MONTGOMERY, Ala. (WSFA) - The first day of school is just days away for many students in Alabama and many districts are starting the year online amid growing concerns over the COVID-19 pandemic.
While virtual learning is intended to keep students safe, it poses unique challenges for families that don't have access to the internet. But this is a challenge the state has been financially addressing.
In response to the COVID-19 pandemic, the Alabama State Department of Education and local school systems have received $435.8 million in federal funds to support safe in-person instruction and remote learning.
"By the end of this, we are going to have a much better NET, if you will, of coverage for internet in this state then we've ever had before," said State Superintendent Dr. Eric Mackey.
Friday, Gov. Kay Ivey allocated $100 million in CARES Act funding into the Alabama Broadband Connectivity Program.
The program will provide vouchers for families of students currently eligible for free and reduced-price school meals, or other income criteria. The vouchers will help cover equipment and service costs for high-speed internet service from the fall through Dec. 31, 2020.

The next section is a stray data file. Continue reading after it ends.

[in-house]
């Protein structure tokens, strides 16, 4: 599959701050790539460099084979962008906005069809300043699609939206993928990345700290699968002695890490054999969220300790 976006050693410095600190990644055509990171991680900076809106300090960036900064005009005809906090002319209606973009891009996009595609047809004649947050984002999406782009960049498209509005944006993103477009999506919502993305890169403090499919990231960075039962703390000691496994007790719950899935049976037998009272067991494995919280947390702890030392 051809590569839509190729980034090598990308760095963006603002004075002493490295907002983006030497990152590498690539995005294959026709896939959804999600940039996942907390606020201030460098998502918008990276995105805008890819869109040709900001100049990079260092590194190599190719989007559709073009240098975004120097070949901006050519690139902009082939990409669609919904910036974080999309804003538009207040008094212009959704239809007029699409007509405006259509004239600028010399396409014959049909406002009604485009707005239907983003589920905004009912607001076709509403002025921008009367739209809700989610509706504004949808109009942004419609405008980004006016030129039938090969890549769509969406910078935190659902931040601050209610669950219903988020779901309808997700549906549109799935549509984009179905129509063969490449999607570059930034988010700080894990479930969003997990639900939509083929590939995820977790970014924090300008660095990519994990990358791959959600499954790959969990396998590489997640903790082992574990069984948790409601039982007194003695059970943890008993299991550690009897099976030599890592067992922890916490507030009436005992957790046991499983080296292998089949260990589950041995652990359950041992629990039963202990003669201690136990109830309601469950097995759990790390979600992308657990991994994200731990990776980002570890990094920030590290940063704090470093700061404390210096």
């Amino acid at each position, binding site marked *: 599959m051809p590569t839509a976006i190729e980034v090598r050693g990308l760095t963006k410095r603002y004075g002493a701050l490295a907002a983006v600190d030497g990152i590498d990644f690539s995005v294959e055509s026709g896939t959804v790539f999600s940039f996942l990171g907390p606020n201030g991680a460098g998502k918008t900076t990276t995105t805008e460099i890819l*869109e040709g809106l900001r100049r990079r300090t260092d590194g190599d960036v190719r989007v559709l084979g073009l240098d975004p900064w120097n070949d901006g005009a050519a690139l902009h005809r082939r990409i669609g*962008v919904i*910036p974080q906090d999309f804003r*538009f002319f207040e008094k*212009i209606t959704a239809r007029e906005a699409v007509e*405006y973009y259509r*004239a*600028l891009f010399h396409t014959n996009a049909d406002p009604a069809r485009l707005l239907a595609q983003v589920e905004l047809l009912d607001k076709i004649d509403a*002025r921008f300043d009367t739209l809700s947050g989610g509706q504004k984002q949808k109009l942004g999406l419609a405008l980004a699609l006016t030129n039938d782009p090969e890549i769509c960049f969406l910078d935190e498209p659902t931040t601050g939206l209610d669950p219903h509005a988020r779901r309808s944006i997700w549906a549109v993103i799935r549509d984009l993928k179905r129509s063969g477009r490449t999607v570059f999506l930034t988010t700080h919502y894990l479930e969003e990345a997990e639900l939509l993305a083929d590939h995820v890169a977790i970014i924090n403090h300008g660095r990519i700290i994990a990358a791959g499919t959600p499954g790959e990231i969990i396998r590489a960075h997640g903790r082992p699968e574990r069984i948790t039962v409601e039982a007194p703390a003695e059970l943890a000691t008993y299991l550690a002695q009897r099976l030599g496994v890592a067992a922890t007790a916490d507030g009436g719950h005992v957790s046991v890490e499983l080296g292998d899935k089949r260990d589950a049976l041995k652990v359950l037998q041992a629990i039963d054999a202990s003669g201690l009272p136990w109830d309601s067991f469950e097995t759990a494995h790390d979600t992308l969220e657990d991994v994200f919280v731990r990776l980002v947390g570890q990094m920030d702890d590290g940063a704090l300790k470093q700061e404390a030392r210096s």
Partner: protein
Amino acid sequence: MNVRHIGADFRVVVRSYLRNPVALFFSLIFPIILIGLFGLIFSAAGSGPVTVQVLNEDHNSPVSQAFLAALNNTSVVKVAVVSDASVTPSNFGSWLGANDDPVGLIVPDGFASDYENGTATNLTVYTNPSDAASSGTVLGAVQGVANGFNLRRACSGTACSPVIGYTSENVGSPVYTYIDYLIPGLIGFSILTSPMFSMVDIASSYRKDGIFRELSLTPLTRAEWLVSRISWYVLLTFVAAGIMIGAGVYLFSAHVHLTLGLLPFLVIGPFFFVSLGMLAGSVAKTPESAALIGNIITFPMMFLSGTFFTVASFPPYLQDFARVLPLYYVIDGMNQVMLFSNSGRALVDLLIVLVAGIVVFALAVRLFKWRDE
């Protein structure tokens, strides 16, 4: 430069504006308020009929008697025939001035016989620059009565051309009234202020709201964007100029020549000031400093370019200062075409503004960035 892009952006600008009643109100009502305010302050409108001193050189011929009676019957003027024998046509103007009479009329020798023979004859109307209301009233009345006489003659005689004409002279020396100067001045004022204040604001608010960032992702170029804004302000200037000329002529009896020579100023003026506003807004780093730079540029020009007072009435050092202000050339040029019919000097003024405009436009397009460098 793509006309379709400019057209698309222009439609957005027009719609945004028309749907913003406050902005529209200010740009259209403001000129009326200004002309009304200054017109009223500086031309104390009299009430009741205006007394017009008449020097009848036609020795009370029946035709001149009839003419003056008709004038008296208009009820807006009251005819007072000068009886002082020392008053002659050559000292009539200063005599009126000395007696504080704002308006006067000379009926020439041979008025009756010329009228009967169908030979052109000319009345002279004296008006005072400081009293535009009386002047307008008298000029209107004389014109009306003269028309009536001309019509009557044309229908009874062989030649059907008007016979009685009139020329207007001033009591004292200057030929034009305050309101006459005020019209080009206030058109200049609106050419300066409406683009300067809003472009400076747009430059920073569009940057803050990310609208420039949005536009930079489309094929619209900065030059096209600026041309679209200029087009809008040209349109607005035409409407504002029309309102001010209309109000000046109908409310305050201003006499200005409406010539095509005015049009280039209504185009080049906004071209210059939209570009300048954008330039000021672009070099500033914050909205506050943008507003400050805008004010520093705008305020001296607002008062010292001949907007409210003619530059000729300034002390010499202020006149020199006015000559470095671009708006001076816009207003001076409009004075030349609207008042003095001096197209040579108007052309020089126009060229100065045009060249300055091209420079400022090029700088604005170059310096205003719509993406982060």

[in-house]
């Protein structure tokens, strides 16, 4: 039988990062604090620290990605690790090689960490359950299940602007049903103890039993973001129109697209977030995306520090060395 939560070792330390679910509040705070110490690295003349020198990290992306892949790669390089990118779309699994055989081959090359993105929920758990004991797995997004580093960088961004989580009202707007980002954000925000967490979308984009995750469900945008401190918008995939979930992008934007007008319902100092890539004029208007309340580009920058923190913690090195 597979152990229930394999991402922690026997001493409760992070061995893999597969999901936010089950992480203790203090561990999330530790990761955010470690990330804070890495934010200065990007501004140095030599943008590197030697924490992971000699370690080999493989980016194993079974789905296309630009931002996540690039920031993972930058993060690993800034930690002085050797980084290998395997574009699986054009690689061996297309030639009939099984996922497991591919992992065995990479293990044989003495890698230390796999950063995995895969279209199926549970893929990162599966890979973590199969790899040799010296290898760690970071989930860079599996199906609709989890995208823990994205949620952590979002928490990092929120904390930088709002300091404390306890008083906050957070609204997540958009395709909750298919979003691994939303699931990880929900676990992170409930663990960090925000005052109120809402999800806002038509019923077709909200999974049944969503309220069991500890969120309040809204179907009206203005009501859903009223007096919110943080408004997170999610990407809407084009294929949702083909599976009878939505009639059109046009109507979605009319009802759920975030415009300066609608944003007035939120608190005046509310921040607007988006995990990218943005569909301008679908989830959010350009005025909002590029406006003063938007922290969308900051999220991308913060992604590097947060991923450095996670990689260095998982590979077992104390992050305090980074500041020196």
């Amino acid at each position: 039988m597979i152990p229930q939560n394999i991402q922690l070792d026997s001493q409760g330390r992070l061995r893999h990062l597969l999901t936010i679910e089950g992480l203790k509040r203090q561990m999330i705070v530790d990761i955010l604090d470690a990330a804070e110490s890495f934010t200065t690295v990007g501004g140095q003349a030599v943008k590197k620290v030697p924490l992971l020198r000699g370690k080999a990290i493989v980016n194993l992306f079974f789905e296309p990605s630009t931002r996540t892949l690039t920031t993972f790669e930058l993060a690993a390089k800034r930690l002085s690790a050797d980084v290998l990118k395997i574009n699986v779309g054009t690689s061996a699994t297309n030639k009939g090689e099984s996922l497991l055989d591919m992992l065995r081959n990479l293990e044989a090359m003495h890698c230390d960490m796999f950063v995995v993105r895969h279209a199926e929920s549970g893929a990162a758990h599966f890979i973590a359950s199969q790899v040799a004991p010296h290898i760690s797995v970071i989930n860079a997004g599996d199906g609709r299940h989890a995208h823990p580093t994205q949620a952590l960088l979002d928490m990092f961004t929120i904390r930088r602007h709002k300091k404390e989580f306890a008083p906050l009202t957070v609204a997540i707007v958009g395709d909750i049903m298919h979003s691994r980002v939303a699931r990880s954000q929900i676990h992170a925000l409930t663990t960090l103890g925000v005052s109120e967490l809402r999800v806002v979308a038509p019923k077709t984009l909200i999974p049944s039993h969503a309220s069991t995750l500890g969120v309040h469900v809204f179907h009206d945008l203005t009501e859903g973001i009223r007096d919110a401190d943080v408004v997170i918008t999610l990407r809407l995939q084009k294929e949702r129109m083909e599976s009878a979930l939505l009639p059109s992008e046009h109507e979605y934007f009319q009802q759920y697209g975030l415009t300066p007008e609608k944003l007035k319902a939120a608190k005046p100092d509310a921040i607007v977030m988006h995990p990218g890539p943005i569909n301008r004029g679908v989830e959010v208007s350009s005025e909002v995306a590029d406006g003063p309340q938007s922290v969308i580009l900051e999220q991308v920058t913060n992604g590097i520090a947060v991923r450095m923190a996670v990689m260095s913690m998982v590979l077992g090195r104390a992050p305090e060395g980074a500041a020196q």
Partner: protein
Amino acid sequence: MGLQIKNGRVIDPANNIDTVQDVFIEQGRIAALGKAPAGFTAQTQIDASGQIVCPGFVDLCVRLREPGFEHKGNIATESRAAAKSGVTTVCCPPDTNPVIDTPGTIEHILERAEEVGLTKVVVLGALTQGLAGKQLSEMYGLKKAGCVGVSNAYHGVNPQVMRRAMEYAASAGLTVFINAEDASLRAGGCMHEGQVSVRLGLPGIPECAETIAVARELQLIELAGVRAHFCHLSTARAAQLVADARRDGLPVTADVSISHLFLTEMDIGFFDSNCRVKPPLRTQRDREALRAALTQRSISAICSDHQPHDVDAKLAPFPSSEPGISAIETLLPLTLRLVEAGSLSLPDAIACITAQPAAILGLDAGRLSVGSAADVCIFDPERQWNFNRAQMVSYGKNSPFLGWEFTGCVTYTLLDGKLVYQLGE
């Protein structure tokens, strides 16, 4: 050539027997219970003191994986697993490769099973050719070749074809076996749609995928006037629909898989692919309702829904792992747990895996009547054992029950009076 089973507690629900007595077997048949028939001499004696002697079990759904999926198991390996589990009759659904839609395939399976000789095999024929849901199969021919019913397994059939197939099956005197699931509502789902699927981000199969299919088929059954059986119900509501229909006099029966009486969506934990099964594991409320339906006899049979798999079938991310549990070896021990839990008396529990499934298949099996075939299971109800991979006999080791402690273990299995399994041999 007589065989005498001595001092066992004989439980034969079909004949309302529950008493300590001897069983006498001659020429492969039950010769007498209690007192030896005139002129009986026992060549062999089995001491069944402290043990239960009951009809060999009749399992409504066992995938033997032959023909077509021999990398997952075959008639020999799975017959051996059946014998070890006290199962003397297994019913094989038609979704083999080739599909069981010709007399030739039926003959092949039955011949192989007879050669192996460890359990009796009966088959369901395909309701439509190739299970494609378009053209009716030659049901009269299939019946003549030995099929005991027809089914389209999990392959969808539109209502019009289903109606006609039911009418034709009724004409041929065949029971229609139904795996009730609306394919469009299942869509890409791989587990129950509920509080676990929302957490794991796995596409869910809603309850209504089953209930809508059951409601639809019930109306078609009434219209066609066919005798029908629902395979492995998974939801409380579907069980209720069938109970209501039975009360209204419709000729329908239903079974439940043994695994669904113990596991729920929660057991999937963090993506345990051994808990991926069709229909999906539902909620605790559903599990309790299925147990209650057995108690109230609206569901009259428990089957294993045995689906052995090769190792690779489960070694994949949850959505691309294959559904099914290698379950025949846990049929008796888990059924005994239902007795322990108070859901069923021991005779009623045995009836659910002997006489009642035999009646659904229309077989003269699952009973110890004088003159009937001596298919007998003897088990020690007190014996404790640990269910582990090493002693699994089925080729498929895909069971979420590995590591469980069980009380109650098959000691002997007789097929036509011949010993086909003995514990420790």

Dr. Mackey said there are nearly 450,000 students in the state that currently qualify for free or reduced lunch, and that this is close to the number of students that will be receiving the voucher.
The question now, however, is how soon will this internet be installed?
“The private business and industry folks tell us that they feel like they can put a lot of crews on the ground in a very short order and get students connected,” said Mackey. “As long as they’re in some area where internet is at least available.”
Mackey said ALSDE is working alongside Ivey and the Alabama Department of Economic and Community Affairs in administering the program. The agreement and details of how funding will be used is linked here.
In July, ALSDE also received $10 million from Gov. Ivey’s Emergency Education Relief Fund to equip all school buses with WiFi capabilities to increase internet connectivity and help bridge the digital divide. It allows students to have internet access while riding buses to and from school and allows buses to be parked throughout the community serving as mobile hot spots.
Mackey said schools are actively working to get those WiFi units installed.
“A lot of those orders have already been put in and indeed many school districts have already begun over the summer to order the equipment to make their buses WiFi and of course the grant then allows them to reimburse themselves for that cost,” Mackey said.
Mackey said one obstacle right now is getting computers. He said there is more money than there is computer availability.
“There’s a waiting list for computers to be shipped in,” said Mackey. “But at the same time, we’re working through that as best we can to provide for this school year.”
Mackey said he understands the anxiety parents feel, but that the safety of students and faculty comes first.
“We all have to stick together and do the best we can,” he said. “We have to learn from our mistakes as we go through this year and improve and tighten up our plans and get better and better at offering online and distance learning.”